Wednesday, January 8, 2014

Save 4 steps in bottling your beer

Bottling can often be a dreaded component to brewing.  A lot of people will switch away from bottling to kegs and never look back.  Yet even with kegs, there are times when bottling may be necessary, be it for a competition, aging the beer, or even to free up kegs for future batches.

Here is a way to ease some of the bottling pain.  But first, lets look at the steps to bottling... let's examine the pain.

Steps involved with bottling the traditional method.
  1. Clean and sanitize all the bottles and caps.  I usually put in the dishwasher without soap on the sanitize setting.
  2. Mix the priming sugar and boil the solution for 10 min.  Cool it to the temp of the beer.
  3. Get out the bottling bucket from the top of the closet and sanitize it.
  4. Sanitize the racking cane, hoses, and bottling stick.
  5. Add the priming sugar to the bucket.
  6. Rack the beer into the bottling bucket.
  7. Clean the carboy, racking cane and hose.
  8. Attach the bottling stick to the faucet on the bucket, open the faucet and begin filling
  9. Cap bottles after filled, label and put away.
  10. Clean the bottling bucket.
  11. Clean the carboy, canes and hoses.
There is an alternate way through utilizing the kegging system.  It will save time, hassle and up to 4 steps in the process.

In preparation, first rack the beer from primary fermentation directly to a keg for secondary, and purge remaining oxygen.  During secondary, pull the air release pin once a day to relieve any large/moderate build up of pressure.  A little pressure is fine.  Since active fermentation will be mostly complete, there won't be too much pressure if managed well.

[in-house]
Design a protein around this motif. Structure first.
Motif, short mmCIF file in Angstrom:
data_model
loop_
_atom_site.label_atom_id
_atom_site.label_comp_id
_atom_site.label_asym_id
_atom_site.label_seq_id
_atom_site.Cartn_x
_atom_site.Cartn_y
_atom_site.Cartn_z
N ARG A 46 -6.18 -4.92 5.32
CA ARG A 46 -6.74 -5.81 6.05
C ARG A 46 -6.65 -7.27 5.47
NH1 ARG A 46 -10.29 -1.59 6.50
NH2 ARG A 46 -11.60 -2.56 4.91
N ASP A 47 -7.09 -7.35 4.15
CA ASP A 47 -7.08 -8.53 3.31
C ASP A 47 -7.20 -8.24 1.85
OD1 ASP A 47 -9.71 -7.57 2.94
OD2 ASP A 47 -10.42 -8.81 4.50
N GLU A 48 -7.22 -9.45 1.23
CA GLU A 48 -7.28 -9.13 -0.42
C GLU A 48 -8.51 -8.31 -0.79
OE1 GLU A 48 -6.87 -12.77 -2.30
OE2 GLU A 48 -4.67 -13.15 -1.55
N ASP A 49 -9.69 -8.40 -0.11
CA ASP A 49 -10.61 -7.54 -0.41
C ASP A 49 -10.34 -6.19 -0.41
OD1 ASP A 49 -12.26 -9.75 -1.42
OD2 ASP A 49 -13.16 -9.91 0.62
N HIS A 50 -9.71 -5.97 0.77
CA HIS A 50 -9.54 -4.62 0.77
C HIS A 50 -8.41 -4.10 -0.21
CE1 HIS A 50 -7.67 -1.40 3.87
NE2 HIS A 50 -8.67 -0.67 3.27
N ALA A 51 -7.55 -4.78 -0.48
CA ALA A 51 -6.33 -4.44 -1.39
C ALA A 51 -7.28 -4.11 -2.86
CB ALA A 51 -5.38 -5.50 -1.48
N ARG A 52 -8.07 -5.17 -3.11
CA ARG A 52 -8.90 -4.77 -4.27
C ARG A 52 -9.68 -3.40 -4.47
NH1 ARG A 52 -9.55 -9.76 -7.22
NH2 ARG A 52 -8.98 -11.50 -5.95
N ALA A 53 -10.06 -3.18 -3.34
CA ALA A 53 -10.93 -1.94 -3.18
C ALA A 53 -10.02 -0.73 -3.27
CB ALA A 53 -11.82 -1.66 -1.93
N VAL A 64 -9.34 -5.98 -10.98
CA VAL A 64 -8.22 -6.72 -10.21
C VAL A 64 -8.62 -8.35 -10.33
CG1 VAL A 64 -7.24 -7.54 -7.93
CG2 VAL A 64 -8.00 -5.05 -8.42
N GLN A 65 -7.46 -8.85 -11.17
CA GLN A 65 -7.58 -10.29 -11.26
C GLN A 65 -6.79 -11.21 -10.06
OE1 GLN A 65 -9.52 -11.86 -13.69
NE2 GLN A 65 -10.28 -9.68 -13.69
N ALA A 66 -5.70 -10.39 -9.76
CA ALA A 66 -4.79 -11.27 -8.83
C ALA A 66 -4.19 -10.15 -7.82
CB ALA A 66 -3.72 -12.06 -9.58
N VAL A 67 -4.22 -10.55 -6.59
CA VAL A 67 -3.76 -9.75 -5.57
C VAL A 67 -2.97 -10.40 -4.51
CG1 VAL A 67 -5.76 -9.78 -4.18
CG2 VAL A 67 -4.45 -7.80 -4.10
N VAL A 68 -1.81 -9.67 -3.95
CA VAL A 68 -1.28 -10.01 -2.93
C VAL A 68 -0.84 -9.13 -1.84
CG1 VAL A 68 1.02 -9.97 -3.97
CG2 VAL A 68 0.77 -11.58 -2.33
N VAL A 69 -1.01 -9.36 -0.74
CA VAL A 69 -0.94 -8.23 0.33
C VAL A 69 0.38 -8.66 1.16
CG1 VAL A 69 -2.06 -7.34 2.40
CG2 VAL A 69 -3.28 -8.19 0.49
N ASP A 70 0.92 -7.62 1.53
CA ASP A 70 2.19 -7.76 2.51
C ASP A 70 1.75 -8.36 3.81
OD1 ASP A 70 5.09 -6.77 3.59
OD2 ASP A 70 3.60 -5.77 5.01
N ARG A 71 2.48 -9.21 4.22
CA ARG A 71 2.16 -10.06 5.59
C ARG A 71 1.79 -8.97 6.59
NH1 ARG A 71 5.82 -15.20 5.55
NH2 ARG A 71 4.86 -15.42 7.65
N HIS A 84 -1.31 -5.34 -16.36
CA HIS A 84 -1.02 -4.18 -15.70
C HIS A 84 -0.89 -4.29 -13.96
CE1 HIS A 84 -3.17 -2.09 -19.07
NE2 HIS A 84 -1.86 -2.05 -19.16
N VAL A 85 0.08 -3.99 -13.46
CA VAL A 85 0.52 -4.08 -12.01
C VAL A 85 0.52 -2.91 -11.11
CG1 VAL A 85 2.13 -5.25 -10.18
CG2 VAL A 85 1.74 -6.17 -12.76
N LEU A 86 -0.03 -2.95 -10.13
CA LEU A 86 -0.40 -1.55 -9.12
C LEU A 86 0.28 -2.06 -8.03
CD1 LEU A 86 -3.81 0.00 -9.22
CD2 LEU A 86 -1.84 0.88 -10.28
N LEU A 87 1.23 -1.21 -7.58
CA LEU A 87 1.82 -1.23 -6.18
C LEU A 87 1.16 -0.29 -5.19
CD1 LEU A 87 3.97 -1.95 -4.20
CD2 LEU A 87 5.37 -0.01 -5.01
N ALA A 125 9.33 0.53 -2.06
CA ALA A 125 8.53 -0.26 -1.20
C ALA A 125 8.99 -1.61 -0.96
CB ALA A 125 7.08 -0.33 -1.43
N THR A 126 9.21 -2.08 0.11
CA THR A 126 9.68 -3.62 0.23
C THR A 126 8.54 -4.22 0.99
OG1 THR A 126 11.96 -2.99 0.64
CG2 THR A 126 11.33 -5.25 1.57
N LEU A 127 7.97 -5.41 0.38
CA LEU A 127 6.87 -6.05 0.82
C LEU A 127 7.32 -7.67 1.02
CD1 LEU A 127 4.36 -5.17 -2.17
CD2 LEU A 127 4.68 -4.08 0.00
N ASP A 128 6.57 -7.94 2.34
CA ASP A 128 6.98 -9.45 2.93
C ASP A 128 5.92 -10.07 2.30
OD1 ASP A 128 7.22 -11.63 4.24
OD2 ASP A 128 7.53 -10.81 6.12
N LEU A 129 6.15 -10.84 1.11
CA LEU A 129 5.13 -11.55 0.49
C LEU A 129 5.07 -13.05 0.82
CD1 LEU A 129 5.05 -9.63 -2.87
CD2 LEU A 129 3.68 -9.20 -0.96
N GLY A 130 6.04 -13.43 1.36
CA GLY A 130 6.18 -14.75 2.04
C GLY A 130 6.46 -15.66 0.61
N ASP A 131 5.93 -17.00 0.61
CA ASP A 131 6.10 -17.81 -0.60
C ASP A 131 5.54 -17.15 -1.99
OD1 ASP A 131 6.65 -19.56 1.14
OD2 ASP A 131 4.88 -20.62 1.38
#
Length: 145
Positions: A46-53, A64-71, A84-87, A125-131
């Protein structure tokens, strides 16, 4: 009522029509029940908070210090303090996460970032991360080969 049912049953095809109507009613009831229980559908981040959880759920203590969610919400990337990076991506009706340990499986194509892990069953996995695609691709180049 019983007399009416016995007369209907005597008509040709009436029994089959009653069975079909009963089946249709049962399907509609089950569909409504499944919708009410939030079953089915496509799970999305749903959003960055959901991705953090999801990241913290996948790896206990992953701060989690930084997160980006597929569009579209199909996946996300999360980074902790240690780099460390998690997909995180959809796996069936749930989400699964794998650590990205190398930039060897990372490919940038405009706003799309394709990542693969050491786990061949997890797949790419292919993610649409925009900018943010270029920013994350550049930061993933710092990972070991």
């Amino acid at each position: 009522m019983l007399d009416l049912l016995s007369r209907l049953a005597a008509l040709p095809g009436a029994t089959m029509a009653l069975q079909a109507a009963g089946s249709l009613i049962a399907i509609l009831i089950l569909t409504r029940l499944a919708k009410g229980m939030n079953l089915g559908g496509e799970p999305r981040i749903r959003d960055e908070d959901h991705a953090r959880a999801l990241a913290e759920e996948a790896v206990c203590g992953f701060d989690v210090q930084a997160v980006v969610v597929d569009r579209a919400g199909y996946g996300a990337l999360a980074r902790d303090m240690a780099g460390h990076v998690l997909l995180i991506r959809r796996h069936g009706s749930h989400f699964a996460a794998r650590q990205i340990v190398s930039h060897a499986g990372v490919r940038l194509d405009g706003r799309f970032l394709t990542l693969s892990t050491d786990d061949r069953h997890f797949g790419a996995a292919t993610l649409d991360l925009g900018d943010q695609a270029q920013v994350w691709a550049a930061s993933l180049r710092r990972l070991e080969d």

And here are the steps in this alternate method.
  1. Clean and sanitize all the bottles and caps.  I usually put in the dishwasher without soap on the sanitize setting.
  2. Mix the priming sugar and boil the solution for 10 min.  Cool it to the temp of the beer.
  3. Get the keg and CO2 tank, put 2-3lbs pressure on the keg, and drain off the settled layer of yeast from the bottom through your picnic tap.
  4. Open the keg and add priming sugar to it.  Close, pressurize 2-3lbs and purge any oxygen that may have crept in.  Swirl and lightly shake the mix in the sugar solution..
  5. Attach the bottling stick to the picnic tap and fill bottles
  6. Cap bottles after filled, label and put away.
  7. Clean the keg, cane and picnic tap
You can also carbonate the beer in the keg and then lower the pressure to fill bottles with carbonated beer. Pay attention to temperatures and CO2 volumes with this method.  It is advised to make the bottles the same temp as the carbonated beer to avoid a lot of foaming (thanks Bionic Brewing).  I've found it is easier to bottle flat beer than carbonated beer.  Plus I think there is nice aspect to naturally carbonating the beer.

Bottling only for competition or to give a few away to friends?  The method above will work great too.  Stop after you fill the desired number of bottles and keep the remaining beer in the keg.  You will have priming sugar in the keg, so let it naturally carbonate, keeping an eye on the pressure and adjust later as needed.

Happy bottling!